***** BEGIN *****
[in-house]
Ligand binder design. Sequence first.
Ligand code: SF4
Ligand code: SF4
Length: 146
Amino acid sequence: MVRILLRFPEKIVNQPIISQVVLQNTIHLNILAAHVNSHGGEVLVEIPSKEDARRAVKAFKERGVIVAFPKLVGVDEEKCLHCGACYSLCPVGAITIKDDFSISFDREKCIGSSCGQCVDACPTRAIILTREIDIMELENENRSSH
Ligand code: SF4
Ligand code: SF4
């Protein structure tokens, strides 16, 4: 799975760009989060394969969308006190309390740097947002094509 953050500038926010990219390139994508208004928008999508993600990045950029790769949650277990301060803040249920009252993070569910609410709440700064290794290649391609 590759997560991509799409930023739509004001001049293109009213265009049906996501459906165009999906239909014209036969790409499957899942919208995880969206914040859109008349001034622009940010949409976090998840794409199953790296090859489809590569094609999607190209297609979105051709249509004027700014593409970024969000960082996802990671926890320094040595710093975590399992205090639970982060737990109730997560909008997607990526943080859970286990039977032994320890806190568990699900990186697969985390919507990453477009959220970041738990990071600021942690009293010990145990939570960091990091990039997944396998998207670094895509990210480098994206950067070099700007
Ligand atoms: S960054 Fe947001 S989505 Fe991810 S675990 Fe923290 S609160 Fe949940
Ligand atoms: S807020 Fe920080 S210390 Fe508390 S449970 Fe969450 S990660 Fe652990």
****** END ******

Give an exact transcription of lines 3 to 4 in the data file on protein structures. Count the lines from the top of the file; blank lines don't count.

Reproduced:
Ligand code: SF4
Ligand code: SF4